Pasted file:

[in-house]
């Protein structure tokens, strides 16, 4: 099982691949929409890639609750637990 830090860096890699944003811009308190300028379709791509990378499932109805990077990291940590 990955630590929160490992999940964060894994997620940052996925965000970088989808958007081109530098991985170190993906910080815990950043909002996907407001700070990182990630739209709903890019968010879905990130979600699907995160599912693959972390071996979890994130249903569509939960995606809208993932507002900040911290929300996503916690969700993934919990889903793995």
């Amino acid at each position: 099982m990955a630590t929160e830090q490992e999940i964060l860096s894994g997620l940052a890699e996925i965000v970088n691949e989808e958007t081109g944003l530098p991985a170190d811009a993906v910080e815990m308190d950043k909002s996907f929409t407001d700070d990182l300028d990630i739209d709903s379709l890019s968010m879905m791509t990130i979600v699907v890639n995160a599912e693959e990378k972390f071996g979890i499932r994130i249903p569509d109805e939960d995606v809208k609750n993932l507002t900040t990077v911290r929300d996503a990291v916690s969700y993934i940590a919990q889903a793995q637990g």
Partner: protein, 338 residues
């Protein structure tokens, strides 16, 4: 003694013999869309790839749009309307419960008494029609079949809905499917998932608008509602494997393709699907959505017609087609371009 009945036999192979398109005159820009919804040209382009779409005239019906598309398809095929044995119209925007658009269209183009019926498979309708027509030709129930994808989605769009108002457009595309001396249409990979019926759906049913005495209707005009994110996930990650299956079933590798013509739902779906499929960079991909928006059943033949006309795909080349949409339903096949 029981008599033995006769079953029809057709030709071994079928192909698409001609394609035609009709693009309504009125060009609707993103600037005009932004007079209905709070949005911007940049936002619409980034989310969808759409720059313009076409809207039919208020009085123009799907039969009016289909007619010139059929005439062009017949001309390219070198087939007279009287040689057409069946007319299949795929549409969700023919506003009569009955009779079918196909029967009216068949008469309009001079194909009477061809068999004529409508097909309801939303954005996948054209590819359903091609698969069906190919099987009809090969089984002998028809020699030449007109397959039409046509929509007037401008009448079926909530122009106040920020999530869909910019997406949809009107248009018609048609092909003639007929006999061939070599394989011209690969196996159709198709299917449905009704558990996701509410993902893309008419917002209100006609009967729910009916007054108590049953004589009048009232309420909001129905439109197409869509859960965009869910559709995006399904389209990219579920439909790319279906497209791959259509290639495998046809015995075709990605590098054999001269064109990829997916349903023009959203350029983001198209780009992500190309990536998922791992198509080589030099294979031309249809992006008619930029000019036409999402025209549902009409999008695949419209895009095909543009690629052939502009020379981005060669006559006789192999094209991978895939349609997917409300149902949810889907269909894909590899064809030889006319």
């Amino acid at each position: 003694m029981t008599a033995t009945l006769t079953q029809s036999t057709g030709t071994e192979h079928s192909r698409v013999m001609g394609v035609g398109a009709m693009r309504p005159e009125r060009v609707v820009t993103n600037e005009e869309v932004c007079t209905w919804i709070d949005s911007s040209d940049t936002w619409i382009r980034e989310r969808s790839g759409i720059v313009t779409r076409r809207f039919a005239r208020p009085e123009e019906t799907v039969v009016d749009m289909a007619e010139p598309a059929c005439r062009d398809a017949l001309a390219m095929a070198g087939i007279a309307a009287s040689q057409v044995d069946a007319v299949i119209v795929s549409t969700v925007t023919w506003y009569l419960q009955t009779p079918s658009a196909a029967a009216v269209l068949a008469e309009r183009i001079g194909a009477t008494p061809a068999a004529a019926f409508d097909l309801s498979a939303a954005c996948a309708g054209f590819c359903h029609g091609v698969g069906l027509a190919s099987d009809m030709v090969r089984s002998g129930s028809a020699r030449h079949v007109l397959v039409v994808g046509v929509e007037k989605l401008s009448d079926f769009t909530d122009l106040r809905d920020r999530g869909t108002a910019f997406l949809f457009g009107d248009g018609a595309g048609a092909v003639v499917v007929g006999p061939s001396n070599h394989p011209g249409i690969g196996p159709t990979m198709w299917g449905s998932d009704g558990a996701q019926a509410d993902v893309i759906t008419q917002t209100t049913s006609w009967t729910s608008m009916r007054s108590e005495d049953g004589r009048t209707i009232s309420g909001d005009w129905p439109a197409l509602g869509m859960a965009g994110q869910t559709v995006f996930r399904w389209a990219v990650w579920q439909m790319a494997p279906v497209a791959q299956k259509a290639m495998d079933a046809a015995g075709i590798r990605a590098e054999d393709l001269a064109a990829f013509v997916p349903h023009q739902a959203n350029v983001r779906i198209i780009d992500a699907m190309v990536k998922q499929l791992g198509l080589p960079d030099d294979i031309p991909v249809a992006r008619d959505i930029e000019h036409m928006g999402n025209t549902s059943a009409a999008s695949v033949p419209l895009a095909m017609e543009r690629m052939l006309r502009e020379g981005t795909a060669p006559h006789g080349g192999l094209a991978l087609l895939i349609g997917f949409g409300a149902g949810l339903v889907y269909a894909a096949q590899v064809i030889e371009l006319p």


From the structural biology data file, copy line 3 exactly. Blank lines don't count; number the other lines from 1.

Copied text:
């Amino acid at each position: 099982m990955a630590t929160e830090q490992e999940i964060l860096s894994g997620l940052a890699e996925i965000v970088n691949e989808e958007t081109g944003l530098p991985a170190d811009a993906v910080e815990m308190d950043k909002s996907f929409t407001d700070d990182l300028d990630i739209d709903s379709l890019s968010m879905m791509t990130i979600v699907v890639n995160a599912e693959e990378k972390f071996g979890i499932r994130i249903p569509d109805e939960d995606v809208k609750n993932l507002t900040t990077v911290r929300d996503a990291v916690s969700y993934i940590a919990q889903a793995q637990g």